palivizumab
  • RSV infections in children
inhibits an RSV fusion (F) protein humanized
trastuzumab
  • anti-cancer therapy for a specific kind of breast cancer
targets the HER2/neu (erbB2) receptor humanized
etanercept contains TNF receptor fusion protein
adalimumab inhibits TNF-α human
nimotuzumab EGFR inhibitor Humanized

See also

References

  1. ^ Schwaber, J; Cohen, EP (1973). "Human x mouse somatic cell hybrid clone secreting immunoglobulins of both parental types". Nature 244 (5416): 444–7. doi:10.1038/244444a0. PMID 4200460.  edit
  2. ^ Science Citation Index
  3. ^ Cambrosio, A.; Keating, P. (1992). "Between fact and technique: the beginnings of hybridoma technology". Journal of the History of Biology 25 (2): 175. doi:10.1007/BF00162840. PMID 11623041.  edit
  4. ^ KÖhler, G.; Milstein, C. (1975). "Continuous cultures of fused cells secreting antibody of predefined specificity". Nature 256 (5517): 495. doi:10.1038/256495a0. PMID 1172191.  edit
  5. ^ Riechmann L, Clark M, Waldmann H, Winter G. Reshaping human antibodies for therapy. Nature 1988;332:323-7. PMID 3127726.
  6. ^ Siegel DL (2002). "Recombinant monoclonal antibody technology". Transfusion clinique et biologique : journal de la Société française de transfusion sanguine 9 (1): 15–22. PMID 11889896.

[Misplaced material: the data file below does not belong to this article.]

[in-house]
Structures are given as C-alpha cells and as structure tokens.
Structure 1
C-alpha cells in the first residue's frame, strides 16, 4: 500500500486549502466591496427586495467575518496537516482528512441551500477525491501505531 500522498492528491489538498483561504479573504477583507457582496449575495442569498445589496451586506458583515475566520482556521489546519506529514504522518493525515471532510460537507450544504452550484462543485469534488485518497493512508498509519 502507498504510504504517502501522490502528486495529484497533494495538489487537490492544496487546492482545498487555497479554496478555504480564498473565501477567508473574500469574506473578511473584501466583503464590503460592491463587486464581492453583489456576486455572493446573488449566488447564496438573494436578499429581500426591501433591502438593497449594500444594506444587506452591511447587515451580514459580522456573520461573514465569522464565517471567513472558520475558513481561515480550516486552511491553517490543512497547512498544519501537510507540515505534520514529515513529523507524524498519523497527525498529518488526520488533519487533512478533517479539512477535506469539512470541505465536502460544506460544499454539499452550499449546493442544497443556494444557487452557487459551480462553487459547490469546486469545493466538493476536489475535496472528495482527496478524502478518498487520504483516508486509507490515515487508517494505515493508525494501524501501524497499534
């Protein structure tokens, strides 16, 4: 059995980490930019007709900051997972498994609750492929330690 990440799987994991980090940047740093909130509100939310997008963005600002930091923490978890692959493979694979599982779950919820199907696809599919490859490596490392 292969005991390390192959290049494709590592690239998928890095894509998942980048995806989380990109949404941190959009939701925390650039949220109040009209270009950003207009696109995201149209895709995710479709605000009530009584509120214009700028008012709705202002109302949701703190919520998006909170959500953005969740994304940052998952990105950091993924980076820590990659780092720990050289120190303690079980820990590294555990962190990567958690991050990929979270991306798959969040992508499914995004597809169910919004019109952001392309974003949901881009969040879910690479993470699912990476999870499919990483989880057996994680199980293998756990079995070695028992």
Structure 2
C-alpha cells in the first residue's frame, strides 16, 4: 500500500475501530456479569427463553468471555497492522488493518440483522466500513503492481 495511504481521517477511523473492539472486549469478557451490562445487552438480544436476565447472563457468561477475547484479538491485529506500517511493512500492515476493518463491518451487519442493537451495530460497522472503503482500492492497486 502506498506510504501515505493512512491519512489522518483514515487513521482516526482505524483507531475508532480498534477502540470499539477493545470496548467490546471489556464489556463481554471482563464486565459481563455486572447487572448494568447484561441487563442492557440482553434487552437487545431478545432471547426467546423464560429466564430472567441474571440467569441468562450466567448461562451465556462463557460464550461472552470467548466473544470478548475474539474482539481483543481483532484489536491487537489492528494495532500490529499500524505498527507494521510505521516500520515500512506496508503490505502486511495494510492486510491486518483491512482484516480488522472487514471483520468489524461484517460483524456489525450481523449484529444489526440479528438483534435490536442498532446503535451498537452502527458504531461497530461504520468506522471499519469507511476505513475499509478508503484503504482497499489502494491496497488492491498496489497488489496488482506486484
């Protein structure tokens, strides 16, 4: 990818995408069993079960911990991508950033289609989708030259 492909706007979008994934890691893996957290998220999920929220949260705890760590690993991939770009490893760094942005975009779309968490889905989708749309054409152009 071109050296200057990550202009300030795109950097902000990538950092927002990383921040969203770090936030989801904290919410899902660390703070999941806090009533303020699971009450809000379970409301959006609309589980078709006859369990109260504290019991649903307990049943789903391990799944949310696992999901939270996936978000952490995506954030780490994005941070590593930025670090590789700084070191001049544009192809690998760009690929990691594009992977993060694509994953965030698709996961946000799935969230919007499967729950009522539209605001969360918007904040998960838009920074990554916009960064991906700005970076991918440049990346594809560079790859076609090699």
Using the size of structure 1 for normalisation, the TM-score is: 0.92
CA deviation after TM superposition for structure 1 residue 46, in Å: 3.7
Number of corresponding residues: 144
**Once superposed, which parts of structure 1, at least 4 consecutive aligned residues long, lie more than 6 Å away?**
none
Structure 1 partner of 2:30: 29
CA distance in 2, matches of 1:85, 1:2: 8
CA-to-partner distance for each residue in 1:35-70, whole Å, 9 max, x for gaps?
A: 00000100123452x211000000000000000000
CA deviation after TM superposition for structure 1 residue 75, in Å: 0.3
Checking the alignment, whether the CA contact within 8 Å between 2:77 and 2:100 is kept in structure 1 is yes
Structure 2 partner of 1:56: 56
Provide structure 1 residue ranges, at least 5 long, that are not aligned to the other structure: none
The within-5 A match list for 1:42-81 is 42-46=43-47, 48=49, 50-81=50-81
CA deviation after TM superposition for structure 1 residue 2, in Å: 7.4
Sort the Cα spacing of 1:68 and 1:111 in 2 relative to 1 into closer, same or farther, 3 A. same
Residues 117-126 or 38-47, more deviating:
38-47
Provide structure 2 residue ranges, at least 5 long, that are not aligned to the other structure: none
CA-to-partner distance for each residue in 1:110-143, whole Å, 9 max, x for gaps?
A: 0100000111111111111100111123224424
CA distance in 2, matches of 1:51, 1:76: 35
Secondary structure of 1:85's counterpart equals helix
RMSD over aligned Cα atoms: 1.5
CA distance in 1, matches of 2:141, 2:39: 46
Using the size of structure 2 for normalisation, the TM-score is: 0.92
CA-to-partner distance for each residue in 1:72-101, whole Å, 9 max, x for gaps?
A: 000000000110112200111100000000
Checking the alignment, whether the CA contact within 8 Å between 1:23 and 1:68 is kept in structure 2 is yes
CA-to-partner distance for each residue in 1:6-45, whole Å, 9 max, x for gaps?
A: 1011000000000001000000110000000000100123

7. ^ Schmitz U, Versmold A, Kaufmann P, Frank HG (2000). "Phage display: a molecular tool for the generation of antibodies--a review". Placenta 21 Suppl A: S106–12. doi:10.1053/plac.1999.0511. PMID 10831134. 
  8. ^ Modified from Carter P: Improving the efficacy of antibody-based cancer therapies. Nat Rev Cancer 2001;1:118-129
  9. ^ Takimoto CH, Calvo E. "Principles of Oncologic Pharmacotherapy" in Pazdur R, Wagman LD, Camphausen KA, Hoskins WJ (Eds) Cancer Management: A Multidisciplinary Approach. 11 ed. 2008.
  10. ^ McCafferty, J.; Griffiths, A.; Winter, G.; Chiswell, D. (1990). "Phage antibodies: filamentous phage displaying antibody variable domains". Nature 348 (6301): 552–554. doi:10.1038/348552a0. PMID 2247164.  edit
  11. ^ http://bfgp.oxfordjournals.org/cgi/content/abstract/1/2/189
  12. ^ http://www.ncbi.nlm.nih.gov/pubmed/11968489
  13. ^ http://www.ukbusinesspark.co.uk/cay92125.htm
  14. ^ http://www.sciencedirect.com/science?_ob=ArticleURL&_udi=B6T76-3WBNNJS-6&_user=10&_rdoc=1&_fmt=&_orig=search&_sort=d&_docanchor=&view=c&_searchStrId=960781456&_rerunOrigin=google&_acct=C000050221&_version=1&_urlVersion=0&_userid=10&md5=eacedcd4604792172fc18143a590a454
  15. ^ http://www.chidb.com/newsarticles/issue3_1.ASP
  16. ^ http://www.ncbi.nlm.nih.gov/pubmed/7494109
  17. ^ http://www.medarex.com/Development/UltiMAb.htm
  18. ^ http://wwwext.amgen.com/media/media_pr_detail.jsp?year=2006&releaseID=837754
  19. ^ http://www.regeneron.com/velocimmune.html
  20. ^ PhRMA Reports Identifies More than 400 Biotech Drugs in Development. Pharmaceutical Technology, August 24, 2006. Retrieved 2006-09-04.
  21. ^ Rang, H. P. (2003). Pharmacology. Edinburgh: Churchill Livingstone. pp. 241, for the examples infliximab, basiliximab, abciximab, daclizumab, palivusamab, palivusamab, gemtuzumab, alemtuzumab, etanercept and rituximab, and mechanism and mode. ISBN 0-443-07145-4. 
  • Olson, Wayne P. Separations Technology: Pharmaceutical and Biotechnology Applications. Buffalo Grove, IL: Interpharm Press, Inc., 1995.
  • Shepherd, Philip. Christopher Dean. Monoclonal Antibodies. New York: Oxford University Press, 2000.